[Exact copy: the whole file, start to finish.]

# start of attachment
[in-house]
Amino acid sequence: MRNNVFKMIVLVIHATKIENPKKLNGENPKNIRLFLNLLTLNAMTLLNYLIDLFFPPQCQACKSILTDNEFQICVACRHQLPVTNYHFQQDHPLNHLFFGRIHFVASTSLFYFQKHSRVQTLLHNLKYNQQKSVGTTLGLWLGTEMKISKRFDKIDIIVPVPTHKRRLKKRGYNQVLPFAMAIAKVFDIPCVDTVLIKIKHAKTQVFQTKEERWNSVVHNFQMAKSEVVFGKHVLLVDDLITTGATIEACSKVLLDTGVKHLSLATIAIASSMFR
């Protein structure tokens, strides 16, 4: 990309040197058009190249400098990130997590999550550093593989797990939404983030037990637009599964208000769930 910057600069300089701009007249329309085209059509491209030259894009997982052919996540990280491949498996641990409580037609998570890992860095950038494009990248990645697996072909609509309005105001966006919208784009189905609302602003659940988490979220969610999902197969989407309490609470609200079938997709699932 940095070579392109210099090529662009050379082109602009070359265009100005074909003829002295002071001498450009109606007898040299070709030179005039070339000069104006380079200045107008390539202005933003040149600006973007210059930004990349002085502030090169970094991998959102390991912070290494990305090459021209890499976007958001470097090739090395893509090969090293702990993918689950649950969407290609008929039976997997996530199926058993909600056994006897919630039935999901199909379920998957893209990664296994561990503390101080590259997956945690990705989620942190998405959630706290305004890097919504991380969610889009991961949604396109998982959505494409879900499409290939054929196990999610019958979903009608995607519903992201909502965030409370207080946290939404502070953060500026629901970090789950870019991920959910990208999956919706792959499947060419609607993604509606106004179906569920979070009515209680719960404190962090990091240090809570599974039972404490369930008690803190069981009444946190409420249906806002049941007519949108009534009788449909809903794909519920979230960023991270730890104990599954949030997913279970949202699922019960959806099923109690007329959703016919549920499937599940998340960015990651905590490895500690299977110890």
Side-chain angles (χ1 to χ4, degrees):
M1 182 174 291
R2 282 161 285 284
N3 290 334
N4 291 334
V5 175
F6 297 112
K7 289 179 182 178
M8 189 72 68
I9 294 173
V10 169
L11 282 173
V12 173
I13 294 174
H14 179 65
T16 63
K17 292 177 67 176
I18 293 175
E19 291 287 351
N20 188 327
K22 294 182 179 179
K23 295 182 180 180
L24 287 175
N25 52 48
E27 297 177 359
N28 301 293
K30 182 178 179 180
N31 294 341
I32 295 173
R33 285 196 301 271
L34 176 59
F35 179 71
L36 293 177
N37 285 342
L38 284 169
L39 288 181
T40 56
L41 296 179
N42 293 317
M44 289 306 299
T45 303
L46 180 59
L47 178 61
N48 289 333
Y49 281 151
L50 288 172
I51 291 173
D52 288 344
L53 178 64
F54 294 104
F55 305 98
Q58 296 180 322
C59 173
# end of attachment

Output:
[in-house]
Amino acid sequence: MRNNVFKMIVLVIHATKIENPKKLNGENPKNIRLFLNLLTLNAMTLLNYLIDLFFPPQCQACKSILTDNEFQICVACRHQLPVTNYHFQQDHPLNHLFFGRIHFVASTSLFYFQKHSRVQTLLHNLKYNQQKSVGTTLGLWLGTEMKISKRFDKIDIIVPVPTHKRRLKKRGYNQVLPFAMAIAKVFDIPCVDTVLIKIKHAKTQVFQTKEERWNSVVHNFQMAKSEVVFGKHVLLVDDLITTGATIEACSKVLLDTGVKHLSLATIAIASSMFR
């Protein structure tokens, strides 16, 4: 990309040197058009190249400098990130997590999550550093593989797990939404983030037990637009599964208000769930 910057600069300089701009007249329309085209059509491209030259894009997982052919996540990280491949498996641990409580037609998570890992860095950038494009990248990645697996072909609509309005105001966006919208784009189905609302602003659940988490979220969610999902197969989407309490609470609200079938997709699932 940095070579392109210099090529662009050379082109602009070359265009100005074909003829002295002071001498450009109606007898040299070709030179005039070339000069104006380079200045107008390539202005933003040149600006973007210059930004990349002085502030090169970094991998959102390991912070290494990305090459021209890499976007958001470097090739090395893509090969090293702990993918689950649950969407290609008929039976997997996530199926058993909600056994006897919630039935999901199909379920998957893209990664296994561990503390101080590259997956945690990705989620942190998405959630706290305004890097919504991380969610889009991961949604396109998982959505494409879900499409290939054929196990999610019958979903009608995607519903992201909502965030409370207080946290939404502070953060500026629901970090789950870019991920959910990208999956919706792959499947060419609607993604509606106004179906569920979070009515209680719960404190962090990091240090809570599974039972404490369930008690803190069981009444946190409420249906806002049941007519949108009534009788449909809903794909519920979230960023991270730890104990599954949030997913279970949202699922019960959806099923109690007329959703016919549920499937599940998340960015990651905590490895500690299977110890």
Side-chain angles (χ1 to χ4, degrees):
M1 182 174 291
R2 282 161 285 284
N3 290 334
N4 291 334
V5 175
F6 297 112
K7 289 179 182 178
M8 189 72 68
I9 294 173
V10 169
L11 282 173
V12 173
I13 294 174
H14 179 65
T16 63
K17 292 177 67 176
I18 293 175
E19 291 287 351
N20 188 327
K22 294 182 179 179
K23 295 182 180 180
L24 287 175
N25 52 48
E27 297 177 359
N28 301 293
K30 182 178 179 180
N31 294 341
I32 295 173
R33 285 196 301 271
L34 176 59
F35 179 71
L36 293 177
N37 285 342
L38 284 169
L39 288 181
T40 56
L41 296 179
N42 293 317
M44 289 306 299
T45 303
L46 180 59
L47 178 61
N48 289 333
Y49 281 151
L50 288 172
I51 291 173
D52 288 344
L53 178 64
F54 294 104
F55 305 98
Q58 296 180 322
C59 173